I couldn't see an easy way to simulate 100 trades down of $10 each, or anything like that. I could do it, but it would probably take an hour or more of work.

So the theory holds up: That seeding some reverse arbitrage items will increase the overall number of trades made. However, the numbers look pretty small. In the examples above, spending $10 gained 5 more trades, spread among over 250 people, so a few people get lucky, but the overall global effect is pretty minimal. Spending another $150 only got 4 more trades. Spending another $200 gained 23 more trades.

It would be fun to do something like this as a random act of kindness.
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Daniel Corban
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Anyone willing to "trade down" will of course increase the number of trades, as it greatly increases the chance of their item trading, and it will be wanted by many. It is simply easier to value an item denominated in cash.
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Brian Schlichting
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peakhope wrote:
I grabbed the "Sprint is still coming" wants list, found a random $30 GC that only had one item in its wantlist, and replaced that item with 5 $20 GC's. That one act of reverse arbitrage increased the total number of trades from 499 to 504.

Then (with the original $30 GC still reverse-arbitraging, so 504 trades), I found someone who had 6 copies of a $30 GC, and I blanked out those wantlists. There were still 504 trades. Now I set all 6 of these to want the 5 $20 GC's, and the trade count went up to 508.

With that reverse arbitrage in place, I blanked out the wants for 6 $60 GC, still resulting in 508 trades. Then I set all 6 of the $60 GC to reverse arbitrage for the 5 $20 GC, which increased the trades to 531.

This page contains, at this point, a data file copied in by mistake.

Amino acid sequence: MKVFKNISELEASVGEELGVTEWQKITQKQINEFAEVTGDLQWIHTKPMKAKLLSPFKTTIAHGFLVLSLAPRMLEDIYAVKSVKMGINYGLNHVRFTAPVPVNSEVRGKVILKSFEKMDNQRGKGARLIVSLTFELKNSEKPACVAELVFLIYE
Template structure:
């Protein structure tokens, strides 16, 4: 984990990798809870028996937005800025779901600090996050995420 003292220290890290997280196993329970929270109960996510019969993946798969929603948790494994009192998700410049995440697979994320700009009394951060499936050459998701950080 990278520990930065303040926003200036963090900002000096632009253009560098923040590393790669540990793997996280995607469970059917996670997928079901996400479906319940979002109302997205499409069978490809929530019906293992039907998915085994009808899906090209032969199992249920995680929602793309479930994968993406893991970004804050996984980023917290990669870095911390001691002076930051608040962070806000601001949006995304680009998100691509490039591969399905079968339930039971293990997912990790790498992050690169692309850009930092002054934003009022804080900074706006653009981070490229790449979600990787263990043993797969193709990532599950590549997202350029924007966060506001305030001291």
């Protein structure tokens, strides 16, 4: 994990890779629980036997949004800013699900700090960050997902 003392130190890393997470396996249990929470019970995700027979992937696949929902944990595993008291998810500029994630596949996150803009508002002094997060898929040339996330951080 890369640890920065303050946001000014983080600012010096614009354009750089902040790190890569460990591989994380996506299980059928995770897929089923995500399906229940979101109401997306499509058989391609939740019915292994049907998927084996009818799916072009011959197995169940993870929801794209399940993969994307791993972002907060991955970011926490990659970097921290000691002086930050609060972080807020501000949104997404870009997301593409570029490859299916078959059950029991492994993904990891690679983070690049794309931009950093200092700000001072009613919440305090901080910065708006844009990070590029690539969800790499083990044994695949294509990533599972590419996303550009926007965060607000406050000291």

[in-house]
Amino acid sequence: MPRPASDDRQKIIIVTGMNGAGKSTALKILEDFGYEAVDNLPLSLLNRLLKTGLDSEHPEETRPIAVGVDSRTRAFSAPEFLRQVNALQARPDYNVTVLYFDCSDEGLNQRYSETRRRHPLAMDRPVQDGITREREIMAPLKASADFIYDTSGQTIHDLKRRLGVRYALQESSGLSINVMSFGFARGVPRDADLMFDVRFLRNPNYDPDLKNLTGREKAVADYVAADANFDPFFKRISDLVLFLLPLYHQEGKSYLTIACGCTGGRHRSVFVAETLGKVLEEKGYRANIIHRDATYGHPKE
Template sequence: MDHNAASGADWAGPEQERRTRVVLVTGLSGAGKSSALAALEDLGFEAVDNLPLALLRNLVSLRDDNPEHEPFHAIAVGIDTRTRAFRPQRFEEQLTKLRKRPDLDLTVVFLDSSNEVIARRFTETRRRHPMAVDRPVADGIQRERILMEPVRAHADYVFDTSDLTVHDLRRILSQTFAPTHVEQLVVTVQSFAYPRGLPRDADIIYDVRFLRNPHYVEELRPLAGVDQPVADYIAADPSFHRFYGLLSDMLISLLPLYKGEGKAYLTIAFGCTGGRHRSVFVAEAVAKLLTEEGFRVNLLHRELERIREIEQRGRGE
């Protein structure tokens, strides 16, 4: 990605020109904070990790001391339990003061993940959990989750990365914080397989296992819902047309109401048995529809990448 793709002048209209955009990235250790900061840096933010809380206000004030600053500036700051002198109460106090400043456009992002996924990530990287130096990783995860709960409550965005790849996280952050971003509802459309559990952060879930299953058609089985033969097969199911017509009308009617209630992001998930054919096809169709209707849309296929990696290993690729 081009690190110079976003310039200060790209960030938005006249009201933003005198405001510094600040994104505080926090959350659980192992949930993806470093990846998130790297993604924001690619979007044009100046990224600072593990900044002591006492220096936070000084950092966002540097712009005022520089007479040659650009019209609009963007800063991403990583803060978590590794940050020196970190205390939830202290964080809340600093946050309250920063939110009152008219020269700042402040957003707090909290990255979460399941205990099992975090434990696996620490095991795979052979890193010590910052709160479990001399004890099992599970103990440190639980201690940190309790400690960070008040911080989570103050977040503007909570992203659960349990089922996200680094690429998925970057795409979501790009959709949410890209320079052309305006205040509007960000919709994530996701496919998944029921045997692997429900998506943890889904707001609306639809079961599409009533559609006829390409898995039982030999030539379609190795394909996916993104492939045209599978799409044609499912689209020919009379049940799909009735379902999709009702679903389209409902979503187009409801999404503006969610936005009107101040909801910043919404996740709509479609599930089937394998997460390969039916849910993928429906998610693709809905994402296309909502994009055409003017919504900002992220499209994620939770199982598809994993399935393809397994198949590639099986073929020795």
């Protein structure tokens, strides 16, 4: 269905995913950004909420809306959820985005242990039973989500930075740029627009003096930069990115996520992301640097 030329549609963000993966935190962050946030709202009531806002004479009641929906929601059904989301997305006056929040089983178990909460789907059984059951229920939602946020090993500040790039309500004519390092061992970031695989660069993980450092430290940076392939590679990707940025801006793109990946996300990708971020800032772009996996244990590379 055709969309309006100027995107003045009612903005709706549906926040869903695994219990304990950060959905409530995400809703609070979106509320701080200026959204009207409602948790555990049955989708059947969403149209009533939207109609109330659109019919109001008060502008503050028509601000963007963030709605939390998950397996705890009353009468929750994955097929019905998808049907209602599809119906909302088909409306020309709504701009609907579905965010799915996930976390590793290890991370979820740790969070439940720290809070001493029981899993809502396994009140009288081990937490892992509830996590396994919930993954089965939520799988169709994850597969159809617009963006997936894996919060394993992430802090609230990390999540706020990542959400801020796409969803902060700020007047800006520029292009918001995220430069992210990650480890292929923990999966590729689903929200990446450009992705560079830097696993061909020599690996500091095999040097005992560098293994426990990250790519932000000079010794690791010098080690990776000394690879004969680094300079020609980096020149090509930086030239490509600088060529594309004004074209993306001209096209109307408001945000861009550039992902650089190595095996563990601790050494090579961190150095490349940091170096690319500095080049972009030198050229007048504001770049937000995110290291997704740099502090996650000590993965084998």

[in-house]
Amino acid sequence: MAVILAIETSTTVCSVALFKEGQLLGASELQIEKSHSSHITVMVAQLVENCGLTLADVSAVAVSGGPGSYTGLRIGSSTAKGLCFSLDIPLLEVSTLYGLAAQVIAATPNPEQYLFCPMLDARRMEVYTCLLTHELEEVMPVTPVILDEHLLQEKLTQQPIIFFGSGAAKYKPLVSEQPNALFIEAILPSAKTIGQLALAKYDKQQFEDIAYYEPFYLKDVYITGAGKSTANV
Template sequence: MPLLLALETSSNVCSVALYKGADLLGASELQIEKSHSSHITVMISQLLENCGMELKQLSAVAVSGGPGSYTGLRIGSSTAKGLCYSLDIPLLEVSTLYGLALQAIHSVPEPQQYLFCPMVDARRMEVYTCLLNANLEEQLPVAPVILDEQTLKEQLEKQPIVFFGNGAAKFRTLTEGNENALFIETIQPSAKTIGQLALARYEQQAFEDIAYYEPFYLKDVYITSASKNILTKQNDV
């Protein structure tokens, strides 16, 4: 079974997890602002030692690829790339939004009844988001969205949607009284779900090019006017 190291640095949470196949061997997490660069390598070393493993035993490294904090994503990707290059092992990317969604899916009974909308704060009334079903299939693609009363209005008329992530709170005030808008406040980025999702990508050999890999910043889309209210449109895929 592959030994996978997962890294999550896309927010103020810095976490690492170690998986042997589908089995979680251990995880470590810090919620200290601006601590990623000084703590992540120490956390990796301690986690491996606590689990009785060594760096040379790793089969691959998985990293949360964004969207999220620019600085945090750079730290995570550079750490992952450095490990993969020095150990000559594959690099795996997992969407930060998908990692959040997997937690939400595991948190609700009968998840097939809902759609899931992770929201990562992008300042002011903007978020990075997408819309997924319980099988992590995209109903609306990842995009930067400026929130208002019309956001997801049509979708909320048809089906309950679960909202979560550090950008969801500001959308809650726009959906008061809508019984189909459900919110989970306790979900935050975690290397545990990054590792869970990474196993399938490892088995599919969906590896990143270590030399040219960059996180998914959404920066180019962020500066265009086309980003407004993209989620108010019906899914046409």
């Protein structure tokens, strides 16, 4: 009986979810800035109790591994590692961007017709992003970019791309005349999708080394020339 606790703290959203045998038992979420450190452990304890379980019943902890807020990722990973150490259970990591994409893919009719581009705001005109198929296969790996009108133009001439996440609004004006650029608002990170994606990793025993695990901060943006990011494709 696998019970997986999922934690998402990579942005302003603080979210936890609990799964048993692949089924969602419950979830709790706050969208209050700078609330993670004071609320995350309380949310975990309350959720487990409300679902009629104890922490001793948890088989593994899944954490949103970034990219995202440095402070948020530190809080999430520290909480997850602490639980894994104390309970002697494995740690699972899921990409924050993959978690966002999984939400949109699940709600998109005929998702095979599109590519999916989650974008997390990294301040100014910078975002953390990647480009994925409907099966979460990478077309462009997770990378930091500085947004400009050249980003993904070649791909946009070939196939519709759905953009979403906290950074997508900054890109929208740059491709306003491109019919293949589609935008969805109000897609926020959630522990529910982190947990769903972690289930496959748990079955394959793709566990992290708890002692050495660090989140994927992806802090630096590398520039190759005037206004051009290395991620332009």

I couldn't see an easy way to simulate 100 trades down of $10 each, or anything like that. I could do it, but it would probably take an hour or more of work.

So the theory holds up: That seeding some reverse arbitrage items will increase the overall number of trades made. However, the numbers look pretty small. In the examples above, spending $10 gained 5 more trades, spread among over 250 people, so a few people get lucky, but the overall global effect is pretty minimal. Spending another $150 only got 4 more trades. Spending another $200 gained 23 more trades.

It would be fun to do something like this as a random act of kindness.


Wow Kevin. Thanks for doing that! That is definitely the bottom end of results that I was expecting. It appears similar to what others suggested, that each "random act of kindness" would simply be a lottery for one more trade.
 
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Flying Arrow
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Much easier to just add $40 to the value of one of your items but value the item as if you didn't have the $40 there. You won't end up just giving the item to one lucky person... the person offers the 'best' item in exchange is the one who will get your item. Basically, everyone in your trade chain will be able to trade 'up' slightly while you trade down signficantly. Doing it this way guarantees that you are one of the people who will benefit from generously opening up the trade chain.
 
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-=::) Dante (::=-
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FlyingArrow wrote:
Basically, everyone in your trade chain will be able to trade 'up' slightly while you trade down signficantly.


More likely that only one or two people would benefit. Not sure where you're getting the idea that everyone down-chain is going to benefit, that's just not how things work out in practice.

If you go back to prior math trades and look at the instances where someone mis-clicked and accepted a much lower value item this does not produce a long chain of slight trade-ups like you imagine.

FlyingArrow wrote:
Doing it this way guarantees that you are one of the people who will benefit from generously opening up the trade chain.


How so?